Update since 2016: In 2018, a federal district court struck down the state’s documentary proof of citizenship law. That decision is on appeal.

New restriction(s) in place for the first time in 2016: Documentary proof of citizenship required to register using the state registration form. But, by court order, certain individuals who registered without showing documentary proof must be permitted to vote.

Restriction(s) in place for the first time in 2012: Photo ID required to vote.

Click here to see the types of ID required under Kansas’s law.

Background: The documentary proof of citizenship requirement has been the subject of multiple lawsuits. A 2014 federal court ruling had found the requirement unenforceable on the federal mail-in voter registration form. But in January 2016, the Election Assistance Commission’s Executive Director announced that documentary proof of citizenship would be added to the national voter registration form instructions for Kansas, as well as Alabama and Georgia. A federal appeals court blocked the registration requirement for the national from on September 9, 2016. That action is the subject of an ongoing lawsuit.

A Republican-controlled legislature passed both the photo ID and documentary proof of citizenship requirements in 2011, and they were signed by a GOP governor.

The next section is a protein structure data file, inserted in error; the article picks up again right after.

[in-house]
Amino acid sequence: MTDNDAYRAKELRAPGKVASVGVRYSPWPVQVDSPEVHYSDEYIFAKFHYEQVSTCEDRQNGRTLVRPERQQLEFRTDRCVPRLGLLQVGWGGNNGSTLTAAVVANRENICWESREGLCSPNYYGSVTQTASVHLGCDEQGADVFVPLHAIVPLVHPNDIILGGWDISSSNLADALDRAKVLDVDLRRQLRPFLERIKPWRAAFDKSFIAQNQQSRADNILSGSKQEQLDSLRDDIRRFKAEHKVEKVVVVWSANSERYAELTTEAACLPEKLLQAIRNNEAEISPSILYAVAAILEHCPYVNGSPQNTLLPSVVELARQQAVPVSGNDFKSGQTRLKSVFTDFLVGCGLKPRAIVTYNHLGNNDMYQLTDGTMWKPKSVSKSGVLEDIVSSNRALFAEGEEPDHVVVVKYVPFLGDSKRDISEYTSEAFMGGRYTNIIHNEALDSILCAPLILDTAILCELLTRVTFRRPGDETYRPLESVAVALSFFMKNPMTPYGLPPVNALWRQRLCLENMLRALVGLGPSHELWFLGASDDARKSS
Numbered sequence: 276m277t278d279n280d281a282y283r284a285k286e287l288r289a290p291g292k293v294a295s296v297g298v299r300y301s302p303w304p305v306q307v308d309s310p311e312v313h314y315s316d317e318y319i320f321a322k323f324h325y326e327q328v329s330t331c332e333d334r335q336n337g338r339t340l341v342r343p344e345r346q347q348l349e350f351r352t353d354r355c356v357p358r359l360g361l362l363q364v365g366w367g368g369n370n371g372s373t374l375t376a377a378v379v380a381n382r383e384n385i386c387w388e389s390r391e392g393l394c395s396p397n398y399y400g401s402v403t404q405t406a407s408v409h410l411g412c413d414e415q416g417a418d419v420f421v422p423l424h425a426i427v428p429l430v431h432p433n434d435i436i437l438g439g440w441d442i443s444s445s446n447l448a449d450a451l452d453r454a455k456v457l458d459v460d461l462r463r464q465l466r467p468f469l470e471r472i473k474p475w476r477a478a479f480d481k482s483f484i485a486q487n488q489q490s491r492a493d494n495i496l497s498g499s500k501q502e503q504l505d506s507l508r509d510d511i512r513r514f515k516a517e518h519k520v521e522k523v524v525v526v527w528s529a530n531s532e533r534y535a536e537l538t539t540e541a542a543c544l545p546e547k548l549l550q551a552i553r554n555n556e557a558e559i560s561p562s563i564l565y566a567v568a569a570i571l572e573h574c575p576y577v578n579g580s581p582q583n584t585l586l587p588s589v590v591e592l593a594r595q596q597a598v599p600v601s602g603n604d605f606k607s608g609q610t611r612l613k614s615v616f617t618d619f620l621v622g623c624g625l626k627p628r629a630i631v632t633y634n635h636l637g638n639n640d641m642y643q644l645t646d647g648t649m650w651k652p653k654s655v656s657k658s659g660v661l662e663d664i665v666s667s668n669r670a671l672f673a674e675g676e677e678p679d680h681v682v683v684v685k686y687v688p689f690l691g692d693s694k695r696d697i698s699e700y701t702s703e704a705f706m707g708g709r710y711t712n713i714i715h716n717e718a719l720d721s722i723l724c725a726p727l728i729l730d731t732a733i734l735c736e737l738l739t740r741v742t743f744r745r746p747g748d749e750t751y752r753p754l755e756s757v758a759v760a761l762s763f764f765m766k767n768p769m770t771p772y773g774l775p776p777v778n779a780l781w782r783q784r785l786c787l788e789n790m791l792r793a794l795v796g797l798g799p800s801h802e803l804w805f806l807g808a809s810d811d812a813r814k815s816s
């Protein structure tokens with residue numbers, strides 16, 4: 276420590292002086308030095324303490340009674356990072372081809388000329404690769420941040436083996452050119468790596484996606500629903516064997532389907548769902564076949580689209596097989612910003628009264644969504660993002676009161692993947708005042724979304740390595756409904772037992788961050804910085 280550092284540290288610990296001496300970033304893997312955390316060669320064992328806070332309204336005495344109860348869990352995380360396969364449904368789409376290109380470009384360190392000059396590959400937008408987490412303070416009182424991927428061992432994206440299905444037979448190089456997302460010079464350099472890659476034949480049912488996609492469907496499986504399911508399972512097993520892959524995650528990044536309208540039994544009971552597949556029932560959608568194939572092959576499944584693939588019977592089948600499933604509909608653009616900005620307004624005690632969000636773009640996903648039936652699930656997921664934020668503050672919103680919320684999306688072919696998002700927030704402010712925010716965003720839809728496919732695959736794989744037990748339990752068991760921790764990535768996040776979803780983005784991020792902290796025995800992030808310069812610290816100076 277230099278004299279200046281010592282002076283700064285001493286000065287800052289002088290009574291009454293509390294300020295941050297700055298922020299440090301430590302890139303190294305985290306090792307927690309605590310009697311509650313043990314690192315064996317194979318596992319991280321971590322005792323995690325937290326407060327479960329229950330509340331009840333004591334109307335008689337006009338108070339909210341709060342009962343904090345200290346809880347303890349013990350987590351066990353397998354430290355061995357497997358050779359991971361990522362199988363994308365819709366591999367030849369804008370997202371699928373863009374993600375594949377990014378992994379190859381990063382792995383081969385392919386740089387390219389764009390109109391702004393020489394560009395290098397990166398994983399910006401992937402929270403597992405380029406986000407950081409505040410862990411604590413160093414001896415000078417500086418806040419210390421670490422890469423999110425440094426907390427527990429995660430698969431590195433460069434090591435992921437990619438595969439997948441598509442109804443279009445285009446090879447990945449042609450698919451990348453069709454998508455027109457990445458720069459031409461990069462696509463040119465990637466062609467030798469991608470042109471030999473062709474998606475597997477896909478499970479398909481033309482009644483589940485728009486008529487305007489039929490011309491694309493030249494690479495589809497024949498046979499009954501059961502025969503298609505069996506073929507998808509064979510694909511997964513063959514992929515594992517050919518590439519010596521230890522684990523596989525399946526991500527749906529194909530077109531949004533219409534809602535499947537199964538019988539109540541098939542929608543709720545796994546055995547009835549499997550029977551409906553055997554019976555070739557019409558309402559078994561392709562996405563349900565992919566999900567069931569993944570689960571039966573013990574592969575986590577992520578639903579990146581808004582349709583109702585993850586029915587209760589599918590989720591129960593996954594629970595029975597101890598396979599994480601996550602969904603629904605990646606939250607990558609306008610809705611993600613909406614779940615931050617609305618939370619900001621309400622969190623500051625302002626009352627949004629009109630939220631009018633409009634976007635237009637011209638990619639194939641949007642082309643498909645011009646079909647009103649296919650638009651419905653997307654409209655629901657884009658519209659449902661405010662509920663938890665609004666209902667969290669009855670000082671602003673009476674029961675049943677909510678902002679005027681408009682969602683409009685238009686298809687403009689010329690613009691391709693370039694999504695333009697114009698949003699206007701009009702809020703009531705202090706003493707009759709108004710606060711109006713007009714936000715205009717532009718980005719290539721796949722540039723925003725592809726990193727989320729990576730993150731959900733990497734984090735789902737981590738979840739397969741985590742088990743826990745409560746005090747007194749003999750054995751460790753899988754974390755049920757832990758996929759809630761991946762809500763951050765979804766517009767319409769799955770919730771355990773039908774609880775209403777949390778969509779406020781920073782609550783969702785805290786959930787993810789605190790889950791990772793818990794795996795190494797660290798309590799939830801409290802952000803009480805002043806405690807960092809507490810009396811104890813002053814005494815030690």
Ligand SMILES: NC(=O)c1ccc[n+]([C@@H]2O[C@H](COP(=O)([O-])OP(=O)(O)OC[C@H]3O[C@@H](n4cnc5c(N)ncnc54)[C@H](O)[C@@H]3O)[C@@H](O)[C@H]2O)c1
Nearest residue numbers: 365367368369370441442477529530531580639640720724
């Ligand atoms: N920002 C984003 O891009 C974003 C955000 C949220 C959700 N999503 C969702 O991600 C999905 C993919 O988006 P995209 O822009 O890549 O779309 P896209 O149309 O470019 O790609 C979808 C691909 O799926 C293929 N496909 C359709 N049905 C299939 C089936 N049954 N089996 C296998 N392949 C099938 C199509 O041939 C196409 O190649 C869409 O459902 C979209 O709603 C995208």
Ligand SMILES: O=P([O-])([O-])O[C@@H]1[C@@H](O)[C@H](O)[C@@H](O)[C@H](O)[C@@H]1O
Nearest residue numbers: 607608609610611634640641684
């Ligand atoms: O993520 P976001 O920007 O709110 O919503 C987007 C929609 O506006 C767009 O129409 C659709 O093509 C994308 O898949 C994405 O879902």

6. Texas

New restriction in place since 2016 election:  Photo ID required if a voter has one, but an alternative will be available for those who present a non-photo ID from a preset list and execute an affidavit claiming to have certain, enumerated reasonable impediments to obtaining photo ID. Reasonable impediment alternative is more restrictive than the alternative in place in 2016.

Click here to see the types of ID required under Texas’s law.

New restriction(s) in place for the first time in 2016: Photo ID required if a voter has one, but an alternative will be available for those who have a reasonable impediment to obtaining ID.

Restriction(s) in place for the first time in 2012: Curbed voter registration drives.

Background: In 2012, a federal court blocked the 2011 photo ID law under Section 5 of the Voting Rights Act. The state then implemented the requirement after the U.S. Supreme Court gutted Section 5 in 2013, and a photo ID was required to vote for the first time in a federal election in 2014.